Thanks for all the great comments, and this is a fantastic start.


Here’s a screenshot of using dropdown lists to achieve a “level” or “layered” effect. When you select a different city, it updates the options of the 3 below. If you select a different Organization, it updates the 2 below.

You would more likely specify the city and organization elsewhere, but you get the idea.

To address your comments above, this model scales well with additional databases. Usually that 1st layer, city, would be a separate FactoryPMI machine and you would use the retargeting feature to allow clients to connect to these remote projects, running them locally without even needing to know any network info about the server.

I had a need for a tree control, and cascading lists or a table just won’t do it justice. It’s for an index of terms found in a text, with links for each term. For instance, let’s say you ripped through a book with a dozen chapters, made a list of unique words, and kept a list of chapters they occured in. So, if I did this using a dictionary, I would have something like

TermsDict = {‘House’: [‘1’,‘7’,9’], ‘Dog’: [‘3’,‘4’,‘12’]} .

If I had a tree control component, I could populate the “parent” data with the keys, and the “child” variables with the values. But since there is no tree control, I took a stab at it using an html definition list. Basically, I take a dictionary, write the keys to the html doc as a list, and then keep track of which items were “activated”. If one is activated, I expand the list; if it was already expanded, I collapse it.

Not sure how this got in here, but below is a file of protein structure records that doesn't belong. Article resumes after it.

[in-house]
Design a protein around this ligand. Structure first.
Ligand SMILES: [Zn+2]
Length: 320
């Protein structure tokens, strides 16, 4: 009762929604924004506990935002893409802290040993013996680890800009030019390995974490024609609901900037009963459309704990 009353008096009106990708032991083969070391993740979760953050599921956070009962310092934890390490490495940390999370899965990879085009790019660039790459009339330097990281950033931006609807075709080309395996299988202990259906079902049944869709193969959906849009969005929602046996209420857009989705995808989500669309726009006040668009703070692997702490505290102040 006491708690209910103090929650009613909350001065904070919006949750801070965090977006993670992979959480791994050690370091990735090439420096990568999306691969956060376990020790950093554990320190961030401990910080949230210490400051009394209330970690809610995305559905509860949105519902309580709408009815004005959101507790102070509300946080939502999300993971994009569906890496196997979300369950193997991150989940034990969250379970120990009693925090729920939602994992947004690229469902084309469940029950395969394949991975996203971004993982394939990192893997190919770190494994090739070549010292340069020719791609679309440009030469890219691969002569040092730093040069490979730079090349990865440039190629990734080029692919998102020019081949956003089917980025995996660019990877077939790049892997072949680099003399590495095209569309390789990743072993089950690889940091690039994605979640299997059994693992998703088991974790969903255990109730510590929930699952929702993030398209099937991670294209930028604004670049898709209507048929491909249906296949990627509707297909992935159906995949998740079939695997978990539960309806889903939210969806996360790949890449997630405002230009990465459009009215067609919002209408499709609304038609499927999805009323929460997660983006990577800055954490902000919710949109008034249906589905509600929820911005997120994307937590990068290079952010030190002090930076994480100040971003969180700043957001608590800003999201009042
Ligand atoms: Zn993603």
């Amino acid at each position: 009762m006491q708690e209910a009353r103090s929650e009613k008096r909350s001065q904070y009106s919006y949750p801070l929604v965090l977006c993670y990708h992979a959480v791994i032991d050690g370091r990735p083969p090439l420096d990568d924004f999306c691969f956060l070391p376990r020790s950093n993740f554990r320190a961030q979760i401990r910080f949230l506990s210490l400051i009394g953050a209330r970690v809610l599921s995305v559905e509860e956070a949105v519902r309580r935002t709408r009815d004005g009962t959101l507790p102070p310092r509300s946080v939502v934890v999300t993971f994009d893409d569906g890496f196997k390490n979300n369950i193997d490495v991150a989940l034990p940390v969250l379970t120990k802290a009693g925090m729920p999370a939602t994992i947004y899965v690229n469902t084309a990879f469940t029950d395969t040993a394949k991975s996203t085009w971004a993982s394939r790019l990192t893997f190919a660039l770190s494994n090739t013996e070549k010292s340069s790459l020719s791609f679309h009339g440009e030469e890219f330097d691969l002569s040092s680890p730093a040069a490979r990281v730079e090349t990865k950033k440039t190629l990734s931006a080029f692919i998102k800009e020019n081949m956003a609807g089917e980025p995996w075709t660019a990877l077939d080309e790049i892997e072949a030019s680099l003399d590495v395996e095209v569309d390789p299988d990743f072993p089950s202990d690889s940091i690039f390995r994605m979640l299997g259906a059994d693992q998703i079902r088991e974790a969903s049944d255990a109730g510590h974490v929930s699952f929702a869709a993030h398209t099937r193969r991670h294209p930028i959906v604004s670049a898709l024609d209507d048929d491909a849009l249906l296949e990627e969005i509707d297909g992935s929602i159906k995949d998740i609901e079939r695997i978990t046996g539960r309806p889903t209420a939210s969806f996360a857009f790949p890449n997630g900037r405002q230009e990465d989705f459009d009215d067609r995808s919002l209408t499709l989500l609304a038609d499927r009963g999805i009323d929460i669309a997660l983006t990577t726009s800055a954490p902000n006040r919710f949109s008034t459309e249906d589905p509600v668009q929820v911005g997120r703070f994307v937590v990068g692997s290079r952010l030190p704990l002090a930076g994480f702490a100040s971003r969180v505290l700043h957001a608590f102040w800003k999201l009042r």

Could you take a look at the attached window and give me a reality check? This should work ok, right (my child items will also have links that do something)? I also tried it using the

  • tags, but they included some annoying bullets that I couldn’t get rid of, although I think it would be possible to get rid of them with style sheets. But since I don’t need a lot of nesting and I am not up to speed with CSS yet, the definition list seemed to do the trick. The only thing I can’t do with it is arrow-down through the list, but this will get me by.

    Also, is there any way to create a true tree control using the java libraries? Or would that be something you needed to enable in FPMI to get it to work at all?
    Tree.fwin (7.92 KB)

Wow! :open_mouth: clever! It sounds like a tree component would be in order.

Are you building your dictionary from a database? As I recall, our biggest issue with the tree was coming up with an intuitive way to populate data. Please provide feedback on how it would be useful to you. Here’s what I can come up with:

  1. Population by dictionary. Makes sense, but I think you would be the only person to use it since it has to be done in script.

  2. One data table. The user defines a key column. A parent column tells the tree where to place nodes. Optional pre-defined column names would perform special functions such as:
    _font: bold, italicized
    _order: (int) overrides alphabetical ordering with peer nodes
    _image_path: (string) 16x16 node icon
    _double_click: (string) Python code to perform

  3. Multiple tables, representing levels in the tree.